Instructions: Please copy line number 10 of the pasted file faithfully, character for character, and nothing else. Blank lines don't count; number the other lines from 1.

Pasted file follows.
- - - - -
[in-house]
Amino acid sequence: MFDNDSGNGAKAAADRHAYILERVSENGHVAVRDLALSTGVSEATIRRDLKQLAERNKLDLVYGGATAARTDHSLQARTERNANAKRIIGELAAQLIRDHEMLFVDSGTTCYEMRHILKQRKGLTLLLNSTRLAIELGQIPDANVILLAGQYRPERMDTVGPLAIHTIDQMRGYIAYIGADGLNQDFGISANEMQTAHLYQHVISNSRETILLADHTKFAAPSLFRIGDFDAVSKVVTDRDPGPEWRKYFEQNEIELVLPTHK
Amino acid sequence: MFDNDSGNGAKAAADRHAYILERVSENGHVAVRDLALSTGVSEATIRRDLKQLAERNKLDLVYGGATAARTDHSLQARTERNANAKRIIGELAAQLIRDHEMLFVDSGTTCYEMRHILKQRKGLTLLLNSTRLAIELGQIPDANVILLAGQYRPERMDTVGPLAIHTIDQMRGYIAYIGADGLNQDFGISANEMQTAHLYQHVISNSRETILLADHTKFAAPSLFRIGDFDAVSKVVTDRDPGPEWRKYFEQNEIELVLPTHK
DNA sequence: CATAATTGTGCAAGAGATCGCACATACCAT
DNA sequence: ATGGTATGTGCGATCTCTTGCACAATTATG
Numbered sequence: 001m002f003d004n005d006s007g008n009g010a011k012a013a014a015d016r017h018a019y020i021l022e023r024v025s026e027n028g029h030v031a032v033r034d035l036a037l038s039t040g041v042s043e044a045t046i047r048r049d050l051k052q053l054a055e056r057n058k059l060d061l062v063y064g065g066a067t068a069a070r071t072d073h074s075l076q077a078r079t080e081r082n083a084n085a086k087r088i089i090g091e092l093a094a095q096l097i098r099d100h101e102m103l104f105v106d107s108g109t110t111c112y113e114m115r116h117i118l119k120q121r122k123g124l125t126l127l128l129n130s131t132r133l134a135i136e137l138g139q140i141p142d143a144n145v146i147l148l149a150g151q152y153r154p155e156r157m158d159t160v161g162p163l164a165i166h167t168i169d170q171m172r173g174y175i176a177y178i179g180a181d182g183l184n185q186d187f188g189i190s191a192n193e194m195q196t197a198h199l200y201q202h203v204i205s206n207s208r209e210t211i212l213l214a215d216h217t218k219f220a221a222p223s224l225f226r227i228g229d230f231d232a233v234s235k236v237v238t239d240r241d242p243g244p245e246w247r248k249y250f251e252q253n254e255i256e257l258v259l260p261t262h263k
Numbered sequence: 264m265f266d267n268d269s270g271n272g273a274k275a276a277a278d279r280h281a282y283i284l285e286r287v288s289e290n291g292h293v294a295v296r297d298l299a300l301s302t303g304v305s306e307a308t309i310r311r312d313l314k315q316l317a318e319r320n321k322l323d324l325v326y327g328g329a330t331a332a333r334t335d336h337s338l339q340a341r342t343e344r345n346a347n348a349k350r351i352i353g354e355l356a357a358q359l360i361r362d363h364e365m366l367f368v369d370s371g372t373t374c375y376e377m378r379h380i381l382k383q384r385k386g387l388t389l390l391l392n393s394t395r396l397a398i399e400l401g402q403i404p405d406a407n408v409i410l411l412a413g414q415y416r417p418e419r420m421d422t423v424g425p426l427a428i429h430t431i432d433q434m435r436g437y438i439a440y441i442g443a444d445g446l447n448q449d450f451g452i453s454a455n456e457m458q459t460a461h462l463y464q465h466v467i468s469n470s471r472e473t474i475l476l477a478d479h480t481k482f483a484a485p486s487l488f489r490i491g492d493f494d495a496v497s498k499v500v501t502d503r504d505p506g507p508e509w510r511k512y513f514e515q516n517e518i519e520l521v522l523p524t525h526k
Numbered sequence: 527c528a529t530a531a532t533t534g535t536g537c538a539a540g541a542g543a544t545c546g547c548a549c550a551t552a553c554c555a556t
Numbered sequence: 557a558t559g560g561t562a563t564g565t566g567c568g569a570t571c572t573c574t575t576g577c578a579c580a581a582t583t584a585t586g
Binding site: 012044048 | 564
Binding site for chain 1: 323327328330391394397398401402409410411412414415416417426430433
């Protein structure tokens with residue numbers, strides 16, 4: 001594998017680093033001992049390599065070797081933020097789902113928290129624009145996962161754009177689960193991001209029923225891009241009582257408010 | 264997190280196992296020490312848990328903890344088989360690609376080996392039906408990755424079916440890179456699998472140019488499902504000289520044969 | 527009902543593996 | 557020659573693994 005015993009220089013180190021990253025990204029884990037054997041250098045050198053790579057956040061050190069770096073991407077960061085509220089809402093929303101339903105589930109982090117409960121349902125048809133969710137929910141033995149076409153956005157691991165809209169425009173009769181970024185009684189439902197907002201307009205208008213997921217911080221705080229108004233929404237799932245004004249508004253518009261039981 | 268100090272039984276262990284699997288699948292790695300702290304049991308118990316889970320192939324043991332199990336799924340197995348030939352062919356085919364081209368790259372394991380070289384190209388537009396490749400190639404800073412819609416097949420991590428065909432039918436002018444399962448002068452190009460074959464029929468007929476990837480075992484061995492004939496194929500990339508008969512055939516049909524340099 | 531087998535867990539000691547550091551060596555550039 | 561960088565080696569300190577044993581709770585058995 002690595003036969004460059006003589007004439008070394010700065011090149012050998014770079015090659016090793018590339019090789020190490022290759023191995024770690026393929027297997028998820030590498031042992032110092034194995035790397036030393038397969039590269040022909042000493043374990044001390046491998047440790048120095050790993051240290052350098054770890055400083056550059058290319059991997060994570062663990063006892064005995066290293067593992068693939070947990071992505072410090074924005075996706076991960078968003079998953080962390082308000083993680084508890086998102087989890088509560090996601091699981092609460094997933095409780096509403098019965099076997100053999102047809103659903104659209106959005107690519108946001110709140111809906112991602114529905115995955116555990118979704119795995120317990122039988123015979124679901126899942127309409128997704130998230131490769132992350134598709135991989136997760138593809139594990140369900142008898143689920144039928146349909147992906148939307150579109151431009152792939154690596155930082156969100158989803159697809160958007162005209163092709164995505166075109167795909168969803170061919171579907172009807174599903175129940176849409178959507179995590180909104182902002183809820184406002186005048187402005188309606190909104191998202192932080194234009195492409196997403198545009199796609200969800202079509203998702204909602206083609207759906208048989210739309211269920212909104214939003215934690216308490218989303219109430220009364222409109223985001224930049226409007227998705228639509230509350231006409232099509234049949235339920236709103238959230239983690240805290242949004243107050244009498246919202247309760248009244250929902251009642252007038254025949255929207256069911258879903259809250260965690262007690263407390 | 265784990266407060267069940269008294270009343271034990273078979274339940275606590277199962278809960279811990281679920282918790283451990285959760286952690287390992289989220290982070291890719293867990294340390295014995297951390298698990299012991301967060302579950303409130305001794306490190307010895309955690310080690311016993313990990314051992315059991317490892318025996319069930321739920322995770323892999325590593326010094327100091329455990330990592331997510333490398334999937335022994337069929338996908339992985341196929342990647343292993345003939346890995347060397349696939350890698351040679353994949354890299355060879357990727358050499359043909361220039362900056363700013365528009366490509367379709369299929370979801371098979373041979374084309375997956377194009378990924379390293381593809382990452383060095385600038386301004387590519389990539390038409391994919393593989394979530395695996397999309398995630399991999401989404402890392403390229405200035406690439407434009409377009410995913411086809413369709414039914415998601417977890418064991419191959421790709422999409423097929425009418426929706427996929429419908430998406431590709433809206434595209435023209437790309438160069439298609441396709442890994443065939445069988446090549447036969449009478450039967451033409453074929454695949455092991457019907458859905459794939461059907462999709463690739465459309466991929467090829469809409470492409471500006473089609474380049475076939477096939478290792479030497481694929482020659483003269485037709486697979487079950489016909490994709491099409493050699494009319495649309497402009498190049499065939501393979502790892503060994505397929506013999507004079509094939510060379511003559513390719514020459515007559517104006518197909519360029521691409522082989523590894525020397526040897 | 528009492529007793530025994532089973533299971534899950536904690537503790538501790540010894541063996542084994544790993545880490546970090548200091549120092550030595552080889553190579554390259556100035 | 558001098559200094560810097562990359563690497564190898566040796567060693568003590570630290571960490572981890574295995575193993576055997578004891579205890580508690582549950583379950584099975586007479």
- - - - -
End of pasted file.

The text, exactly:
Binding site: 012044048 | 564